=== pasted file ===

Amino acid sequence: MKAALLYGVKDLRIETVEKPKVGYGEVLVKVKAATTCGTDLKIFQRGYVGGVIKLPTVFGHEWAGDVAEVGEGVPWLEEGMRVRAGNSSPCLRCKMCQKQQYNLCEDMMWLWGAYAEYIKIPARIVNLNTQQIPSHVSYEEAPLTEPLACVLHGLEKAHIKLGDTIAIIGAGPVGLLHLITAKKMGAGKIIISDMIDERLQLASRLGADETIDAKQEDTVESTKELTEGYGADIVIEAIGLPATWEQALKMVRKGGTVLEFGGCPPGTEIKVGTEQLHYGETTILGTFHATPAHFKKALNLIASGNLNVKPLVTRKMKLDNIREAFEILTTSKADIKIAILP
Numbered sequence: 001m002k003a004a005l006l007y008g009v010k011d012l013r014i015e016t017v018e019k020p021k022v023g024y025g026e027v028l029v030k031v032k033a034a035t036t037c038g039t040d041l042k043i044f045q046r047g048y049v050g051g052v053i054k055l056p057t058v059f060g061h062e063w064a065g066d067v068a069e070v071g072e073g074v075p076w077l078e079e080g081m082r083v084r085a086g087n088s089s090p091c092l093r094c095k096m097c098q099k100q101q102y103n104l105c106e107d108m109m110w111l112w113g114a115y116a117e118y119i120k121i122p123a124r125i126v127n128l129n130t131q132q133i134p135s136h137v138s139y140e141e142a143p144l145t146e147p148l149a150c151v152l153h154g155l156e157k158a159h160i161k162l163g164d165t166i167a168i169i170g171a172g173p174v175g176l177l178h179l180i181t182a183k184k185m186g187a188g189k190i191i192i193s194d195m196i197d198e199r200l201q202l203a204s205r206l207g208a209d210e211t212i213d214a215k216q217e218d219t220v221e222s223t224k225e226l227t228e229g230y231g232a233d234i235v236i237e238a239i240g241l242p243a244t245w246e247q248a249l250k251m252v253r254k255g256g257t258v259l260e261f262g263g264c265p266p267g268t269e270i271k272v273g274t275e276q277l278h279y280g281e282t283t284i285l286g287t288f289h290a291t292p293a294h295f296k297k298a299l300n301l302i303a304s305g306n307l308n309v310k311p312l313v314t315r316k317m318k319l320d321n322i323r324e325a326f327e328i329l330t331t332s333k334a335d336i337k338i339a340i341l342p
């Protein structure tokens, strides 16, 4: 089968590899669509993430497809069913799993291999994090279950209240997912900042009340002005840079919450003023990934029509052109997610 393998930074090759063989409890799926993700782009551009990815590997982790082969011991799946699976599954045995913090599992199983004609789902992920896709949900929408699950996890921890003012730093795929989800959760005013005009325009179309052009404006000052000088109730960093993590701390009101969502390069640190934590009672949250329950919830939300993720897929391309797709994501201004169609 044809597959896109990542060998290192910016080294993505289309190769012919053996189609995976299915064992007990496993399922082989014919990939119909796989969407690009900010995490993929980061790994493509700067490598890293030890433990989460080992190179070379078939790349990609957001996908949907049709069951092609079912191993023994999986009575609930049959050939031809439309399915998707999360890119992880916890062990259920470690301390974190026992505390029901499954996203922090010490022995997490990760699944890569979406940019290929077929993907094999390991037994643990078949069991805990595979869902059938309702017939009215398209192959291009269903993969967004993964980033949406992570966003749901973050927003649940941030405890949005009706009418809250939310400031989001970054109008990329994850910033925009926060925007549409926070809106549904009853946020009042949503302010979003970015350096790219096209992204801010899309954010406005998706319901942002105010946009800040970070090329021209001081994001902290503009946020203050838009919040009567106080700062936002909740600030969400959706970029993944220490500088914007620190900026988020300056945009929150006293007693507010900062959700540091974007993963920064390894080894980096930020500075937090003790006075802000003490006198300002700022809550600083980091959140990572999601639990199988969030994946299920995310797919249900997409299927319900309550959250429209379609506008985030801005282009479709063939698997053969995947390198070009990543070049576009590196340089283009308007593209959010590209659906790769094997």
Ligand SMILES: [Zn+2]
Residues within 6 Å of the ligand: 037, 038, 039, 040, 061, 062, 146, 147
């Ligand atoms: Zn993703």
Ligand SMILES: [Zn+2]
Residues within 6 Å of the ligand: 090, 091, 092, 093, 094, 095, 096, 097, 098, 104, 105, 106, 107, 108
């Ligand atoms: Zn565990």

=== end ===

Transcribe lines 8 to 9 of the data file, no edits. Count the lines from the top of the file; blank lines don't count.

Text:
Residues within 6 Å of the ligand: 090, 091, 092, 093, 094, 095, 096, 097, 098, 104, 105, 106, 107, 108
């Ligand atoms: Zn565990």